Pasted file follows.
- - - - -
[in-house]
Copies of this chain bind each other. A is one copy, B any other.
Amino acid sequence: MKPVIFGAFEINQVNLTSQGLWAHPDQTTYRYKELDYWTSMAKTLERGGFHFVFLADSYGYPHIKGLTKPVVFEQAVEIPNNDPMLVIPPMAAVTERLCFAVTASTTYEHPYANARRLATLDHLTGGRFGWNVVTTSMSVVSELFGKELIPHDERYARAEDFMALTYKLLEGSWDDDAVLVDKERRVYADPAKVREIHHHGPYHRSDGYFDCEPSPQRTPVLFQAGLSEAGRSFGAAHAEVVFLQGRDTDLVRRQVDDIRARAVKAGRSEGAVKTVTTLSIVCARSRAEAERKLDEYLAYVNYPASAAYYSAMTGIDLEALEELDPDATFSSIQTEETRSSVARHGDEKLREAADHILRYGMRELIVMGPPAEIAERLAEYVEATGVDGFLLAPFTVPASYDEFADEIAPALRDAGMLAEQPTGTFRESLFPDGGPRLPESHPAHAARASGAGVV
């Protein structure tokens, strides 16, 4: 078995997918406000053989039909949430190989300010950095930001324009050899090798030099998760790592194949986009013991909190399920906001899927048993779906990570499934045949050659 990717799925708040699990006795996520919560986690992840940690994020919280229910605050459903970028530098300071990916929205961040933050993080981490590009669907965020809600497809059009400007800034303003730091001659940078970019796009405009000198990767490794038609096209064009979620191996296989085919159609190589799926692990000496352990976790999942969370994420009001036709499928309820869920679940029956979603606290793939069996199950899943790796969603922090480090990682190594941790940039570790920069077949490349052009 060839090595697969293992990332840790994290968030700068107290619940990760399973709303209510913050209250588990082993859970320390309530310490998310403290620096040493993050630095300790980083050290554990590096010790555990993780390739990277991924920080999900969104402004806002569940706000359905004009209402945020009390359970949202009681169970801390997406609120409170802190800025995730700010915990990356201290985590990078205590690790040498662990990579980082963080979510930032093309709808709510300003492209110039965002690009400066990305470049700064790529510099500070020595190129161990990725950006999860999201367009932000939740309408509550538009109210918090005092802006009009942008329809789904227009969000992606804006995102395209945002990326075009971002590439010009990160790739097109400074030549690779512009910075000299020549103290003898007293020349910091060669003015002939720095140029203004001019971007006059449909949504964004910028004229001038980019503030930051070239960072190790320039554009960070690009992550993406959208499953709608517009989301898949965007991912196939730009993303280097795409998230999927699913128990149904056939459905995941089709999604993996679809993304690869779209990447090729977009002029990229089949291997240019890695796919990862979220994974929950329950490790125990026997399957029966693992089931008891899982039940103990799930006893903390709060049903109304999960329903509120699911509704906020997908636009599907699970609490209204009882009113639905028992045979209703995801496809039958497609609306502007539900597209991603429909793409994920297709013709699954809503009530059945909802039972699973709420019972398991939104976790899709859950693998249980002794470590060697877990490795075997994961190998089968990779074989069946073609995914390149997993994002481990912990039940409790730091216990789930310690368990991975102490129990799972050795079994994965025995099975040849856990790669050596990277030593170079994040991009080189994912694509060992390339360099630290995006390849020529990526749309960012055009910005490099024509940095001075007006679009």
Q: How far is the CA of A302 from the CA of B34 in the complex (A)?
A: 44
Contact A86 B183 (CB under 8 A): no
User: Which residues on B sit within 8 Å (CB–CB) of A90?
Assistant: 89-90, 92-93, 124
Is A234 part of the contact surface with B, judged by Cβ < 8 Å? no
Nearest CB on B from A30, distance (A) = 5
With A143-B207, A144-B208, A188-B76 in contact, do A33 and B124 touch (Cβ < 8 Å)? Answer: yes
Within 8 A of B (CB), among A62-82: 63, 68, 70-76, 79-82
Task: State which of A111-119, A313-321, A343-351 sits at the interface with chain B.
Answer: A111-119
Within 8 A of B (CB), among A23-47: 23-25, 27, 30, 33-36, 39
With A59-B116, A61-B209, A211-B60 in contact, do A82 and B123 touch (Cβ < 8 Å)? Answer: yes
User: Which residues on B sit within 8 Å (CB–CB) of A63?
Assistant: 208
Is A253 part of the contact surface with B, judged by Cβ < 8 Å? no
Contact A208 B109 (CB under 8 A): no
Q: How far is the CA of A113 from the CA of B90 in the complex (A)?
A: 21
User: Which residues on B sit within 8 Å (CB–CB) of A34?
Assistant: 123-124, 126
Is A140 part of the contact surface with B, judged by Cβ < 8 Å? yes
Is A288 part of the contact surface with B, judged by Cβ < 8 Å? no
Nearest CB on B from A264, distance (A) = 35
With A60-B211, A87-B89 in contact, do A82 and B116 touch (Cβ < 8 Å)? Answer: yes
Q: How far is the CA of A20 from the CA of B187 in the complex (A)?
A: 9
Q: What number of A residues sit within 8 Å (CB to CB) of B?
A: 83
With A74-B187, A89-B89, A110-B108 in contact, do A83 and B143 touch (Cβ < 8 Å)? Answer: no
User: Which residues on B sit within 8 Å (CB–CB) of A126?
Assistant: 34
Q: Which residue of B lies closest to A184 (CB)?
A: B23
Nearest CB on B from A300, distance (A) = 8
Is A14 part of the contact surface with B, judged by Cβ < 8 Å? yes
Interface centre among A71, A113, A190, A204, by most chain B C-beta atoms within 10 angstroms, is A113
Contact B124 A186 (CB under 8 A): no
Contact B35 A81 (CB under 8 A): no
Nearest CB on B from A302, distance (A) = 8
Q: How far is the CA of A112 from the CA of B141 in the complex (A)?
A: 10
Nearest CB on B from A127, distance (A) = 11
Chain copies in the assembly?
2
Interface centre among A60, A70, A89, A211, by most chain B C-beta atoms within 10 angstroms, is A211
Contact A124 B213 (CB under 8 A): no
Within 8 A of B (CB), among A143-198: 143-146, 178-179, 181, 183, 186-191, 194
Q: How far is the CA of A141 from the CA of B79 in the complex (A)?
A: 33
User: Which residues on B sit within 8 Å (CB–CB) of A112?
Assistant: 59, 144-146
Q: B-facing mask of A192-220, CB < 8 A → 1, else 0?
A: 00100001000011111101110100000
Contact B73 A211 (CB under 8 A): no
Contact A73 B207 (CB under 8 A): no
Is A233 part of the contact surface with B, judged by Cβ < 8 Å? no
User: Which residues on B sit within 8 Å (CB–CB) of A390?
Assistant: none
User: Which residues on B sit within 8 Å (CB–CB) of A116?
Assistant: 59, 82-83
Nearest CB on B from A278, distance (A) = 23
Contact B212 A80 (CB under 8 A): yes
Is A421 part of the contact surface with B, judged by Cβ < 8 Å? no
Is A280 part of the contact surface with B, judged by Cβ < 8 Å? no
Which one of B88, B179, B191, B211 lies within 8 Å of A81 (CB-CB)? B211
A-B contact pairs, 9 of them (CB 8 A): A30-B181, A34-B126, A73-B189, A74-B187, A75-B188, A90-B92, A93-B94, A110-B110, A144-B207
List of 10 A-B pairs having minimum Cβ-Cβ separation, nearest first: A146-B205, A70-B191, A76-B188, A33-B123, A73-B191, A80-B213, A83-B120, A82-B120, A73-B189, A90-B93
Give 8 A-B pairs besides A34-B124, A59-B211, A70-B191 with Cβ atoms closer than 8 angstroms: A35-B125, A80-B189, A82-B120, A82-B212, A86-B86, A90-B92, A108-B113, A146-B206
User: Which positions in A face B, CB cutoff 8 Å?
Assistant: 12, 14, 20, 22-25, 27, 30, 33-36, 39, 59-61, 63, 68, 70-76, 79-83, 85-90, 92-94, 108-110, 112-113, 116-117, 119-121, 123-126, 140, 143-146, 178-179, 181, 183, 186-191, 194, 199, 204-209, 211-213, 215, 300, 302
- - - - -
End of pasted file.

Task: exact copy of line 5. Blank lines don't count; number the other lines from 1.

Q: How far is the CA of A302 from the CA of B34 in the complex (A)?